Studies show that eating breakfast has a positive effect on cognitive performance, especially when it comes to memory and attention. Consequently, to give your kids an advantage amidst all the distractions of COVID-19, make sure you encourage your kids to eat a healthy breakfast.


Make Lunchtime Fun

Everyone knows that the cornerstone to a healthy immune system is eating nutritious food. One way to ensure your kids are eating healthy is to make sure their lunches—whether prepared at home or packed in a lunchbox—are more fun and enticing.

Invite your kids to help you come up with ideas for yummy main dishes and sides dressed up in colorful combinations and shapes. You may even want to look into getting a bento lunchbox which allows you to present their food in a kid-friendly way.

If your kids get lunch at school, encourage them to make healthy selections if they are given a choice. Talk about the importance of including lean proteins, whole grains, and fresh fruits and vegetables.

When kids have a nutritious lunch, the food is more likely to sustain them throughout the school day unlike sugary snacks that are burned very quickly by their bodies. Keep in mind too that good nutrition in childhood lays the foundation for health in adulthood.


Offer Healthy Snacks

Kids are often ravenous after school. But you don't have to sacrifice good nutrition for convenience. Offer quick, easy, and healthy after-school snacks rather than resorting to overly processed convenience food.

Snacks also are important because when included along with regular meals they help kids get the nutrients they need throughout the day. Plus, having small snacks spaced between meals reinforces that kids should eat small meals and when they are hungry. This helps them build healthy eating habits.


Choose the Right School Supplies

One of the highlights of back-to-school time is shopping for school supplies. From pencils and highlighters to notebooks and pencil cases, there are a lot of things to think about.

But school backpacks in particular require careful selection. Backpacks today are heavier than ever, and using the wrong type of backpack and wearing it incorrectly can lead to back pain in kids.

Make sure you prevent back problems in your child by choosing and using backpacks correctly. For instance, you should start with a backpack that has multiple compartments so that the weight can be distributed evenly throughout.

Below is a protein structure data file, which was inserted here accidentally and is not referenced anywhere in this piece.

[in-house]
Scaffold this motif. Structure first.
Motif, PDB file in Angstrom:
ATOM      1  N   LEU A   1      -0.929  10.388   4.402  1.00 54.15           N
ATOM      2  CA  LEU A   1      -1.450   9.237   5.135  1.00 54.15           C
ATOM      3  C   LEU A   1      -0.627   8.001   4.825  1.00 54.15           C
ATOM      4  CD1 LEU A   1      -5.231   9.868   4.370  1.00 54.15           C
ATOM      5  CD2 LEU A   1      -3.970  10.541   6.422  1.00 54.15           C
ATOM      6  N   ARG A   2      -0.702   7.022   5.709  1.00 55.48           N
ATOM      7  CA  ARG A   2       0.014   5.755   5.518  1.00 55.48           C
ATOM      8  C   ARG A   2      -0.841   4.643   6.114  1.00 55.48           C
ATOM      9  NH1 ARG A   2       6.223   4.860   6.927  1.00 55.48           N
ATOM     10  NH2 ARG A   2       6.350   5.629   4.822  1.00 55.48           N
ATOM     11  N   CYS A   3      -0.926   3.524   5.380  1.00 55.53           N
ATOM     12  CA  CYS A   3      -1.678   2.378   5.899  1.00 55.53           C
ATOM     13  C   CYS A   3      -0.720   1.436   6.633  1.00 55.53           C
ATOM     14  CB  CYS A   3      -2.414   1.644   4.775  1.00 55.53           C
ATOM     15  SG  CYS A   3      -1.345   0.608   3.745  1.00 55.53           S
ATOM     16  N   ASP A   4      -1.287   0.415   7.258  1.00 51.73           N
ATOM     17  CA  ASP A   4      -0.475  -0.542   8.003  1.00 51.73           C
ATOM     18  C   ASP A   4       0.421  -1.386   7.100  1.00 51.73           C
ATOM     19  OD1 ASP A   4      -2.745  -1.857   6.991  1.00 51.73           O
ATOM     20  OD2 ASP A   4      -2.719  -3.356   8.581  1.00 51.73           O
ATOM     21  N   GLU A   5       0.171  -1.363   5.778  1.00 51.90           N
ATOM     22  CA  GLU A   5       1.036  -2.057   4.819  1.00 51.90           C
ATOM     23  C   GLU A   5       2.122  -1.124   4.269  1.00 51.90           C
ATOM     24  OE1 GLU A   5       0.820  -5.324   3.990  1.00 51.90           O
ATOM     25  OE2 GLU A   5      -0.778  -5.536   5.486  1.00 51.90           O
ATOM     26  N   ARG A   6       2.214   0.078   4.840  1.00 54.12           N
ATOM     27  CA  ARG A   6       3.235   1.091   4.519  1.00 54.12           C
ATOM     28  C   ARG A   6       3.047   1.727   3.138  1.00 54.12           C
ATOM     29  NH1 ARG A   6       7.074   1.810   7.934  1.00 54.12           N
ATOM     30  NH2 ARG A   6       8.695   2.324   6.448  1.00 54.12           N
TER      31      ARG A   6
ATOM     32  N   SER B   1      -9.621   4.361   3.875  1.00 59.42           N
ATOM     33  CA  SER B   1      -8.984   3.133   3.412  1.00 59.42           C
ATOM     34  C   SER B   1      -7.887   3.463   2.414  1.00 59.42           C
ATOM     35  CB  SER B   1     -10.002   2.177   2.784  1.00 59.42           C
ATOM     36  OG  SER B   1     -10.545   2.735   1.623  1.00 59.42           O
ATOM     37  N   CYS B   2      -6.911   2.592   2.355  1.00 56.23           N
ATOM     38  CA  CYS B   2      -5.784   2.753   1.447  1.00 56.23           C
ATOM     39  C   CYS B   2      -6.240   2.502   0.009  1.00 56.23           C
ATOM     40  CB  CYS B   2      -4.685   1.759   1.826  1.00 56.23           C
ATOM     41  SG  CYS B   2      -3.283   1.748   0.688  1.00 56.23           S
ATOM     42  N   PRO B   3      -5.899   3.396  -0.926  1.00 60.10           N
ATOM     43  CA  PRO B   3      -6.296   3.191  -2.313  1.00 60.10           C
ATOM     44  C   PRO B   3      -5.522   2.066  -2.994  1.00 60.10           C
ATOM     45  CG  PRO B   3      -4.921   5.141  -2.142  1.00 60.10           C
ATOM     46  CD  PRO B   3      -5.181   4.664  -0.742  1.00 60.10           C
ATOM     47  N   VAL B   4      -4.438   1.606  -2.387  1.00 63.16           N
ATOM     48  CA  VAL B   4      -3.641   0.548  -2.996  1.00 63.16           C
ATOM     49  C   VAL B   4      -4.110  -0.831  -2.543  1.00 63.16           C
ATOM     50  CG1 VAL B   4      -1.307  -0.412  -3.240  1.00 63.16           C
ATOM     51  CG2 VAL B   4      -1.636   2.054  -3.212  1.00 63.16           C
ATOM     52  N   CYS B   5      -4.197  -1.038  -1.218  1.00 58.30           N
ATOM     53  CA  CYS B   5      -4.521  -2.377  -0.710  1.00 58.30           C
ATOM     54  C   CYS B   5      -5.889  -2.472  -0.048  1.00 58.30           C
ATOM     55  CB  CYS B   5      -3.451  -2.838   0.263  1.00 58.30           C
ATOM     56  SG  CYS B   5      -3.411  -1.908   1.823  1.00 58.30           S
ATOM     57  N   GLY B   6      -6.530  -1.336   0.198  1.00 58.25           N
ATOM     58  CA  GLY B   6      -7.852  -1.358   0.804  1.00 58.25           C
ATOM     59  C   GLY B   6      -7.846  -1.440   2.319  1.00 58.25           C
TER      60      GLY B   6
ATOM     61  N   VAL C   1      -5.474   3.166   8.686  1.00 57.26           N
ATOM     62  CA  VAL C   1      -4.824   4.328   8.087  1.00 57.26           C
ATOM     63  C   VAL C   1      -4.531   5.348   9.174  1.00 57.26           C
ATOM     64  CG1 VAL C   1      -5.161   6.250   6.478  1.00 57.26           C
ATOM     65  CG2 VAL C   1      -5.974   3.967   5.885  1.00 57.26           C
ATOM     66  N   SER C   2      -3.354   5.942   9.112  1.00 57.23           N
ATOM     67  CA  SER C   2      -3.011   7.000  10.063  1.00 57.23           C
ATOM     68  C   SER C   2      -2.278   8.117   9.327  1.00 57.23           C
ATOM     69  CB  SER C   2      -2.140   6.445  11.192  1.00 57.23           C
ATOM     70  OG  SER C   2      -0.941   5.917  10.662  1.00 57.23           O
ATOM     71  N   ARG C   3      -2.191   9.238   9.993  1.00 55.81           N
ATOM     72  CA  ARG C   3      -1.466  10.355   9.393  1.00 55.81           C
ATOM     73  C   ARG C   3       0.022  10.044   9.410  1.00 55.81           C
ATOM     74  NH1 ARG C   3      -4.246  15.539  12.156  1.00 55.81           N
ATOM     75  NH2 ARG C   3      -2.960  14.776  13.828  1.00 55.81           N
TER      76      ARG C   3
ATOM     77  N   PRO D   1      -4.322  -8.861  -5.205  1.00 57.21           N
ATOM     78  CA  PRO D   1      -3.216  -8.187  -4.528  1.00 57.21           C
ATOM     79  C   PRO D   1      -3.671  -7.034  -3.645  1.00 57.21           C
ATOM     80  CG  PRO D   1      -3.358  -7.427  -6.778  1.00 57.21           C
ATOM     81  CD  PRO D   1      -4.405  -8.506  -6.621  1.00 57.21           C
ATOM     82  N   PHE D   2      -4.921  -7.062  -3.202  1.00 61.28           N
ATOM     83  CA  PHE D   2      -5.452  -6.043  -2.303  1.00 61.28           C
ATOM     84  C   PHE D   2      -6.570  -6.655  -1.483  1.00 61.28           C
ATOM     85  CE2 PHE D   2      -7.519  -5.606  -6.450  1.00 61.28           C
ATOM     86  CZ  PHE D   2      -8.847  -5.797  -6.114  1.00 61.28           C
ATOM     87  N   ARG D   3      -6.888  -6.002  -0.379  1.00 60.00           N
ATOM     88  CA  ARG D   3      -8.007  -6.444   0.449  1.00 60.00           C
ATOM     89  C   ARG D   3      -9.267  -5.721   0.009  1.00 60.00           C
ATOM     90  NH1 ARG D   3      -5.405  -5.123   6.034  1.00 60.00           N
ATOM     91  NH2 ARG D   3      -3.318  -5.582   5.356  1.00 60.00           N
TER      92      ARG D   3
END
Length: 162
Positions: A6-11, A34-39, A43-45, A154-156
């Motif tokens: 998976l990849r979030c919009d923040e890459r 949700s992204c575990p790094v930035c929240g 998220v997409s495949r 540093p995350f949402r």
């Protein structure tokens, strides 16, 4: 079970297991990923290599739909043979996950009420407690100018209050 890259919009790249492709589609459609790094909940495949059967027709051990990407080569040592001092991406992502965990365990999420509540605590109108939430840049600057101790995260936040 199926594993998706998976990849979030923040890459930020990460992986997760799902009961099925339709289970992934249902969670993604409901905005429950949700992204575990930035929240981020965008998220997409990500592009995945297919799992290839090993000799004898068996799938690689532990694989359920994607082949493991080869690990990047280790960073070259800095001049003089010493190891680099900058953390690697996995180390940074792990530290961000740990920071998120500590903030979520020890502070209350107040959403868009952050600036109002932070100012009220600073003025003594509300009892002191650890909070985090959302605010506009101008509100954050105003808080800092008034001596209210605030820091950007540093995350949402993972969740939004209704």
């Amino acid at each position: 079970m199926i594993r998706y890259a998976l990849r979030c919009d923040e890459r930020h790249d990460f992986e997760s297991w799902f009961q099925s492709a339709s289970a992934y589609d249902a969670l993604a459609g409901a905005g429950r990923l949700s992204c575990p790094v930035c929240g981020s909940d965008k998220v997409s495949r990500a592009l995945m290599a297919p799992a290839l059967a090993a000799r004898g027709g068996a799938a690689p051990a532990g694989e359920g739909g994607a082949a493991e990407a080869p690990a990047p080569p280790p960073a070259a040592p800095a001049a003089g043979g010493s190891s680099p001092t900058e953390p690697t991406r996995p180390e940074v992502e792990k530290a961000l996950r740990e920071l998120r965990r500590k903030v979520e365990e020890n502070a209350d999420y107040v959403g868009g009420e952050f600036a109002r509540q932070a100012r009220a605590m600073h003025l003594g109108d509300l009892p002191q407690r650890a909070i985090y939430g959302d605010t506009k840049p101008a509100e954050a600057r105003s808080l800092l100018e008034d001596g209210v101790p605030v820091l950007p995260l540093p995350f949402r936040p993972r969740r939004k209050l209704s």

The American Chiropractic Association says that the weight of the backpack should not be more than 5% to 10% of your child's body weight.

The National Safety Council suggests making sure that your child's backpack is not wider than your child's torso and doesn't hang down below the waist. Likewise, they recommend looking for a backpack with compression straps to help stabilize the contents. Wheeled backpacks are also a good option, unless your child will need to carry the backpack up and down stairs or walk in snow with it.


Learn About Common Childhood Illnesses

From the flu and strep throat to lice and pink eye, there are a lot of illnesses that can impact kids throughout the school year. For this reason, it's important to know a little about each ailment and how best to care for your kids.

For instance, as much as we don't want to think about head lice, the fact is that it's a common problem among school-age kids. Children are in close contact at school and more likely to share personal items like hats and toys. Plus, their coats usually hang closely to one another, allowing lice to transfer easily to other students' belongings.

As a result, it's important to be able to differentiate between facts and myths about head lice and how to help your kids steer clear of this annoying yet common problem at school.